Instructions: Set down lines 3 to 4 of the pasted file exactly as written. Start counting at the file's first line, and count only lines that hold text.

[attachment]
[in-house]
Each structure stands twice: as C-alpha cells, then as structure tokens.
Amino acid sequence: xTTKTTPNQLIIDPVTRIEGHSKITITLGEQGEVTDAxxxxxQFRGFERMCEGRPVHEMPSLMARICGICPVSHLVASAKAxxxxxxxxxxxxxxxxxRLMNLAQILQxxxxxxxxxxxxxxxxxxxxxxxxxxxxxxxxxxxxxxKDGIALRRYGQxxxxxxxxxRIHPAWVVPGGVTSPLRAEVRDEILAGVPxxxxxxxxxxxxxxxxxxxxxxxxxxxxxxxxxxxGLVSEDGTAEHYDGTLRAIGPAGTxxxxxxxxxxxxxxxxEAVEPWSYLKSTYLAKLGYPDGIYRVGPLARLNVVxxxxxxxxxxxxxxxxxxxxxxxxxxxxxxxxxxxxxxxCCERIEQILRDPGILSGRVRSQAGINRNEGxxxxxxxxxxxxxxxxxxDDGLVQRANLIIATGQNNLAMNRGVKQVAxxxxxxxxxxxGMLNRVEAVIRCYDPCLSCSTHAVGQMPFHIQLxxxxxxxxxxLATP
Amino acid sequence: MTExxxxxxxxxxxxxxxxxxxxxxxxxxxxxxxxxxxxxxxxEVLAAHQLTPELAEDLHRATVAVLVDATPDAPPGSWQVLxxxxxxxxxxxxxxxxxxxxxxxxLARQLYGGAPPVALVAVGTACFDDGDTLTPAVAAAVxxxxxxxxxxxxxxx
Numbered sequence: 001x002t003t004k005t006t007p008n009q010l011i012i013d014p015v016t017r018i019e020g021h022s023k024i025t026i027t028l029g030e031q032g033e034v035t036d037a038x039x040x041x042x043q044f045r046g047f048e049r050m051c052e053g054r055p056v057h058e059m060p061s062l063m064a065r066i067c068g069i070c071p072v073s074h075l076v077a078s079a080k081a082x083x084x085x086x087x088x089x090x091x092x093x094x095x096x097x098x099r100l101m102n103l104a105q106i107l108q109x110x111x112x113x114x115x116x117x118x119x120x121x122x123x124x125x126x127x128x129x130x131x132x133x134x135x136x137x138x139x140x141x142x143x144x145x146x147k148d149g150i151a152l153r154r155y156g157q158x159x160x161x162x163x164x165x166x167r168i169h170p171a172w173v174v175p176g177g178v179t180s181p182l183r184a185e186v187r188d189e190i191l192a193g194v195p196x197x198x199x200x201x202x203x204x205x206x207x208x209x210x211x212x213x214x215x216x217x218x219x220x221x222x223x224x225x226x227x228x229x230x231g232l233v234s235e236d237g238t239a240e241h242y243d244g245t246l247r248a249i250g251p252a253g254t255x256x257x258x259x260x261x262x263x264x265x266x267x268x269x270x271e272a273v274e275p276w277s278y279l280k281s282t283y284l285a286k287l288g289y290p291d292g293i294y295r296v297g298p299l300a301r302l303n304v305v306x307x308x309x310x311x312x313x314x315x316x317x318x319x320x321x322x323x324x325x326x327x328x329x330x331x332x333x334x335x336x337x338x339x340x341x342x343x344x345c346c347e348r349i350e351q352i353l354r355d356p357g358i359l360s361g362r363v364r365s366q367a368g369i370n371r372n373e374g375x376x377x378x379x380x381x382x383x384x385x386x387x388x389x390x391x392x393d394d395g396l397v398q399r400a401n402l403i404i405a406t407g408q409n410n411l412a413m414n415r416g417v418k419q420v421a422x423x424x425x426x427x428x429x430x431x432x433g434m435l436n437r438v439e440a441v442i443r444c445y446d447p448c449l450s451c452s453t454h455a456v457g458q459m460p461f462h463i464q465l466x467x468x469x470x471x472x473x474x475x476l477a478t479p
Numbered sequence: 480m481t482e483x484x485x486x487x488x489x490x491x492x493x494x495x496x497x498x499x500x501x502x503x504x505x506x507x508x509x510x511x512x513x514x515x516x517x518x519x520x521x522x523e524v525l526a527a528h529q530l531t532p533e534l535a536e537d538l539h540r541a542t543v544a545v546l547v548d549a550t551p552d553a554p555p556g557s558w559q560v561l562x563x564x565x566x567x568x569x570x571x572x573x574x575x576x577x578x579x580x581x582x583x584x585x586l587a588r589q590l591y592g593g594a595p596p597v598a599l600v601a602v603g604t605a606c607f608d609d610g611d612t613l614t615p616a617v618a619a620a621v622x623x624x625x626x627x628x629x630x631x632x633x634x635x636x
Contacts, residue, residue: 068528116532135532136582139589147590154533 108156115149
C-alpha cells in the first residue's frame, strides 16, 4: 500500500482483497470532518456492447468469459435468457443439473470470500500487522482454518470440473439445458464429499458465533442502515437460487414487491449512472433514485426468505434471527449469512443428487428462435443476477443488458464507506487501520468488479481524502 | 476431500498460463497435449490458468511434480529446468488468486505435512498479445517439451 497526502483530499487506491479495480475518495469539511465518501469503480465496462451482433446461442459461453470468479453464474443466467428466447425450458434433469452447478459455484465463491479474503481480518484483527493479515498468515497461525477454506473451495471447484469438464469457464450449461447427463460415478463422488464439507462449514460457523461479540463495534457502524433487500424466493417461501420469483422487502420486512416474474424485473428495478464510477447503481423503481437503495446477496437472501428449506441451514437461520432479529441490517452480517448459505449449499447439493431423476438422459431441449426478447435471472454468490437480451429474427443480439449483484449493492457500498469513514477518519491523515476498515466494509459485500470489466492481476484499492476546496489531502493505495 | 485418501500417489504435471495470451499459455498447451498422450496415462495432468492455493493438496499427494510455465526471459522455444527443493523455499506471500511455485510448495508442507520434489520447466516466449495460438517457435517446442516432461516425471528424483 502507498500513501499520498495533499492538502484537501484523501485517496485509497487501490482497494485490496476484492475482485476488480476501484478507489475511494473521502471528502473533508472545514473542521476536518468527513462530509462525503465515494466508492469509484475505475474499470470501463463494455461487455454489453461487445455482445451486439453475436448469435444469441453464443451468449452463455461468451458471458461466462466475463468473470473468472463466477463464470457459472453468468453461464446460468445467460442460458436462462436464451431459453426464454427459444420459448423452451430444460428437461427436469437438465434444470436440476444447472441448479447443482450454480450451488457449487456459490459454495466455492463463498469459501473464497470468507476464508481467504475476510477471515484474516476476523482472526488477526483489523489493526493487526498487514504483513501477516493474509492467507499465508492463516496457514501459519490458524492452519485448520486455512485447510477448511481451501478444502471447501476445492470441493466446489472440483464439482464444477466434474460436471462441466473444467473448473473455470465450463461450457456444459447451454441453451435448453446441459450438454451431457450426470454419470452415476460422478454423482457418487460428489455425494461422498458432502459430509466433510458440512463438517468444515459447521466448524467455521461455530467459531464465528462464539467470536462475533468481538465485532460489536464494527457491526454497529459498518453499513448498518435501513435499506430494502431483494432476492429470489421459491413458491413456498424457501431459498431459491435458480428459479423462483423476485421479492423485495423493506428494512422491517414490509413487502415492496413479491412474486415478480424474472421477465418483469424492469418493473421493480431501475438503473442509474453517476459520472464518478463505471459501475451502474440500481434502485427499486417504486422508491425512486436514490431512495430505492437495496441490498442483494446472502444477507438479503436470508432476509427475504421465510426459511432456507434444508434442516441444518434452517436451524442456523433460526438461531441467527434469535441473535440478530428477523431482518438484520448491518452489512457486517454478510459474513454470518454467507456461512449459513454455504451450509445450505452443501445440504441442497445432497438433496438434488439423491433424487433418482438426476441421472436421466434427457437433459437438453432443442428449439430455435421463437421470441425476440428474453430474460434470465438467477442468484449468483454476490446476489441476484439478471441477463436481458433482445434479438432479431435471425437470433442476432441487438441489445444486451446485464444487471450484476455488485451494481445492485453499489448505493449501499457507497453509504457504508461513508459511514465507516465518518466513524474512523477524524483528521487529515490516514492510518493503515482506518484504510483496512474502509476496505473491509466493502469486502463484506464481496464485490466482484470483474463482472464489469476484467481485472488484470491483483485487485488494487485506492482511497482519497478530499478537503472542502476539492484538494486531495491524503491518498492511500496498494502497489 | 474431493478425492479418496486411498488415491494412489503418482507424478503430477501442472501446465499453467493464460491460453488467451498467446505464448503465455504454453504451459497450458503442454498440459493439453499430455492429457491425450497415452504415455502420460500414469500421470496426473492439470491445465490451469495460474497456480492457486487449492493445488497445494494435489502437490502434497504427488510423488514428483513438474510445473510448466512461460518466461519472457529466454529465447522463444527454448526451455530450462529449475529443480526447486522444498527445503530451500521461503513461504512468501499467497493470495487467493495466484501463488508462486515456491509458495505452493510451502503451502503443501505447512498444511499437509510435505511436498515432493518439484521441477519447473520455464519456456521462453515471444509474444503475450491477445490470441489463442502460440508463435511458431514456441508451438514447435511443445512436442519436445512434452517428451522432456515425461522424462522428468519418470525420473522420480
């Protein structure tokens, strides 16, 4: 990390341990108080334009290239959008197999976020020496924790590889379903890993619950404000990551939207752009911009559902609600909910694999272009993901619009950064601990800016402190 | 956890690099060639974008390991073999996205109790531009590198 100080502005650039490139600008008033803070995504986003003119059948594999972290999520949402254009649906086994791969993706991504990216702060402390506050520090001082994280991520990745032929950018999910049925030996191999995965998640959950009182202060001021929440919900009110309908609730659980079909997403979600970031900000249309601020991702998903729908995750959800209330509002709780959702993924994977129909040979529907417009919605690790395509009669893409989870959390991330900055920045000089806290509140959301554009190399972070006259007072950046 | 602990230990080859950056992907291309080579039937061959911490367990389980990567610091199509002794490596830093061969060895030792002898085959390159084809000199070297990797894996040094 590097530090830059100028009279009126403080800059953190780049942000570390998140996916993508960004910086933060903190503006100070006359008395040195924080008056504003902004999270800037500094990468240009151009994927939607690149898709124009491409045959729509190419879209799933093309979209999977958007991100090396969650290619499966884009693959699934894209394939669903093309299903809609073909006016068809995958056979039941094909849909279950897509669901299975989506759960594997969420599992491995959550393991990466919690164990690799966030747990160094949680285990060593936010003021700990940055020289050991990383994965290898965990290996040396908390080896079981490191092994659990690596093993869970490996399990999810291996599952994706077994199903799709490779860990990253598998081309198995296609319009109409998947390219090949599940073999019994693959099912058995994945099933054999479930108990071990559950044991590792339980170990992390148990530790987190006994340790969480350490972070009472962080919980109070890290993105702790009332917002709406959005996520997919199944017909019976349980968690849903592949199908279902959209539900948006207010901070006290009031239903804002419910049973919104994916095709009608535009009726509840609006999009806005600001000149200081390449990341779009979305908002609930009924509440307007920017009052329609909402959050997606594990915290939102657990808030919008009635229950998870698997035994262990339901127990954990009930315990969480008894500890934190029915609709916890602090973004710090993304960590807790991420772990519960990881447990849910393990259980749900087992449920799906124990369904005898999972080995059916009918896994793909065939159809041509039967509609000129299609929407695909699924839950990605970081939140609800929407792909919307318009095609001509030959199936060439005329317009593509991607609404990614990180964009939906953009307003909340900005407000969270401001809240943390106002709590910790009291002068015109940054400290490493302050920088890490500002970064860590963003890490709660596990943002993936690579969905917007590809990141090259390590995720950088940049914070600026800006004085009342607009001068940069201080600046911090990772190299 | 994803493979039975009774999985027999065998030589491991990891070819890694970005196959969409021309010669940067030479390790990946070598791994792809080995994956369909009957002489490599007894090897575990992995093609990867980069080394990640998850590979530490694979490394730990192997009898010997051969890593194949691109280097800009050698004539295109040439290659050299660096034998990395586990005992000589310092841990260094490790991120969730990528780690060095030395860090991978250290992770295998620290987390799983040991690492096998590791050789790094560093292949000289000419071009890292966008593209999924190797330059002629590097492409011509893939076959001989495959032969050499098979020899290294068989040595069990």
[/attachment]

Amino acid sequence: xTTKTTPNQLIIDPVTRIEGHSKITITLGEQGEVTDAxxxxxQFRGFERMCEGRPVHEMPSLMARICGICPVSHLVASAKAxxxxxxxxxxxxxxxxxRLMNLAQILQxxxxxxxxxxxxxxxxxxxxxxxxxxxxxxxxxxxxxxKDGIALRRYGQxxxxxxxxxRIHPAWVVPGGVTSPLRAEVRDEILAGVPxxxxxxxxxxxxxxxxxxxxxxxxxxxxxxxxxxxGLVSEDGTAEHYDGTLRAIGPAGTxxxxxxxxxxxxxxxxEAVEPWSYLKSTYLAKLGYPDGIYRVGPLARLNVVxxxxxxxxxxxxxxxxxxxxxxxxxxxxxxxxxxxxxxxCCERIEQILRDPGILSGRVRSQAGINRNEGxxxxxxxxxxxxxxxxxxDDGLVQRANLIIATGQNNLAMNRGVKQVAxxxxxxxxxxxGMLNRVEAVIRCYDPCLSCSTHAVGQMPFHIQLxxxxxxxxxxLATP
Amino acid sequence: MTExxxxxxxxxxxxxxxxxxxxxxxxxxxxxxxxxxxxxxxxEVLAAHQLTPELAEDLHRATVAVLVDATPDAPPGSWQVLxxxxxxxxxxxxxxxxxxxxxxxxLARQLYGGAPPVALVAVGTACFDDGDTLTPAVAAAVxxxxxxxxxxxxxxx